Originality is a quality that new artists strive for; it is also a crucial factor in the longevity of more established acts. For Horse Meat Disco, on making the move from DJing and party throwing to recording, it was essential their studio exploits reflected their DJ sets. With those sets chock full of great songs, the Horse Meat team determined to create their own contemporary originals that could sit side by side with established classics. As we discovered recently in discussion with Luke Howard and Severino, there is a wealth of dancefloor knowledge in the collective, all of which can be utilised in the studio environment. As with The Vision, the focus has been very much on having musicians in the studio to create authentic sounds, with live percussion, bass, horns and keys all to the fore. With Falling Deep In Love (featuring the inimitable Kathy Sledge) repeating the success of its predecessor, the Amy Douglas-fronted Let’s Go Dancing, everything points to 2020’s album being a raucous celebration of 21st century disco (and all without a sample in sight).
Pursuing a similar path have been The Shapeshifters. Like many a dance act both before and since, they first came to the attention of the global dancefloor through a sampladelic masterpiece. However, rather than try to repeat the formula / success of the evergreen Lola’s Theme with slowly dwindling returns, instead they chose to use it as a springboard. They curated cult label Nocturnal Grooves (which saw them enter the studio with none other than Frankie Knuckles), found natural soul mates at Defected, and were then perfectly positioned to be ambassadors for Glitterbox, both behind the decks and in the studio. As with Horse Meat Disco, the aim is to create wholly original new material that stands the test of time, and to this end collaborators have been chosen with great care. Vocalists Kimberley Davis (part of the original Chic line up) and Teni Tinks (who has the likes of The Jacksons and Quincy Jones on her resume) bring experience as well as class; whilst arranger and multi-instrumentalist Colin Smith oversees a bevy of seasoned session musicians. It is an ambitious challenge which Simon Marlin has successfully taken on with gusto, as these contemporary classics demonstrate.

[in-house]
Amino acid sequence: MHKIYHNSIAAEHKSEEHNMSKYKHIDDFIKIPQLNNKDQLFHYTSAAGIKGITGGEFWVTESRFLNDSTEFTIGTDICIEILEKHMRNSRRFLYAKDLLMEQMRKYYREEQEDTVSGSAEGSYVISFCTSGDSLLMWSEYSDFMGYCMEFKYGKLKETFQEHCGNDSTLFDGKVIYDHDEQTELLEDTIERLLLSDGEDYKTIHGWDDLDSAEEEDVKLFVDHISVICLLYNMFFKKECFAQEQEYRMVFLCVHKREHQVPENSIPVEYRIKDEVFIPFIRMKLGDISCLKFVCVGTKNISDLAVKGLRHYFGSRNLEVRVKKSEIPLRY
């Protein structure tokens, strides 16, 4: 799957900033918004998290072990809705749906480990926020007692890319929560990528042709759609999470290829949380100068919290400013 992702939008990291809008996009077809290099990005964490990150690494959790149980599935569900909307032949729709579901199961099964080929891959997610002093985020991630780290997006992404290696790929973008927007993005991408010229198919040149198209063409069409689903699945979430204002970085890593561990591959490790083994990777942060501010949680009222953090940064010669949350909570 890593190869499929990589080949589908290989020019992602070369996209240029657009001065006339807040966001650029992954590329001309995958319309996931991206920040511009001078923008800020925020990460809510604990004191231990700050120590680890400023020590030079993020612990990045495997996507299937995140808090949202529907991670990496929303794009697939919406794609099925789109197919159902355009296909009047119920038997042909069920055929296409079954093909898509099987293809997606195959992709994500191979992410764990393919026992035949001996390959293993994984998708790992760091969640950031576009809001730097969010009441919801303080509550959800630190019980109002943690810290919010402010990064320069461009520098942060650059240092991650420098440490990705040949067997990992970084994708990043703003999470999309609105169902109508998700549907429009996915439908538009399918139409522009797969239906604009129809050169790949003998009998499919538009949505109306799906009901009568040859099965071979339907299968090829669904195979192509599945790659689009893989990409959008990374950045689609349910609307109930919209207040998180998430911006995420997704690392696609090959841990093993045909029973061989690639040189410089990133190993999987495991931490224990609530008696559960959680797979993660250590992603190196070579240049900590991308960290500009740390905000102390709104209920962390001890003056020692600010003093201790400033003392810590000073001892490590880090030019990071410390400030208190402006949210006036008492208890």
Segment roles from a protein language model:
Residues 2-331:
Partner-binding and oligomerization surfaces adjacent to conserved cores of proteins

Roisin Murphy has been one of 21st century music’s true adventurers. After her initial breakthrough with Moloko (most notably with the Boris Dlugosch remixed Sing It Back and the favour returning guest vocal on Dlugosch’s own Never Enough), her solo career has charmed and challenged her loyal fanbase in equal measure. A who’s who of electronic music talent has queued up to work with her (Herbert, Maurice Fulton, Seiji from Bugz in the Attic, Groove Armada’s Andy Cato and many more). Like many of our other featured artists, Murphy always focuses on every aspect of a release, with artwork, videos, formatting, image and live representations all forming part of a whole which is cohesive whilst clearly still being the product of instinct. 2019 has seen Roisin back on the dancefloor with one of the year’s most cherished tracks, Incapable, produced by long time friend and Sheffield legend DJ Parrot.
Peggy Gou is a force of nature, born in Korea, now based in Berlin after an instructive few years in London, but DJ-wise very much a global star. Gou is another artist who is very much in control of every aspect of her career, and makes no attempt to hide her ambition. However, as a committed raver herself only a few short years ago, she has an undoubted synergy with her fans which is reflected in her huge Instagram following. This, allied with an entrepreneurial spirit which has led to her helming both a record label and fashion brand, makes her very much a DJ for her age. She has overcome many challenges in her relatively brief time in the limelight, a winner thanks not only to her clear ability as a DJ, but also an ever-growing production CV, which reached new heights this year with Starry Night, dancefloor dynamite in tandem with one of the year’s most intriguing videos.
‘Fils d'immigrés, noir et pédé’.In English, ‘son of immigrants, black and a fag’. This was the slogan Kiddy Smile had emblazoned on his t shirtwhen he was invited to perform at the Elysee Palace in front of President Macron last year. It was a characteristically pointed reply to those who questioned whether he should have accepted the invitation in the first place. He wants his music to make people feel empowered to move out of the shadows, and this was his opportunity to show how far you can take your message. House music is rooted in black, gay culture, and in Kiddy Smile has an artist only too keen to shout about it. Ever since he dropped the modern jackin’ classic Let A B!tch Know in 2016, complete with its stunning video showcasing Kiddy and friends from the Paris ballroom scene trashing cars and vogueing in the heart of the city’s banlieues, the excitement has been palpable for his every next move. New music (and visuals) in 2020 can’t come soon enough.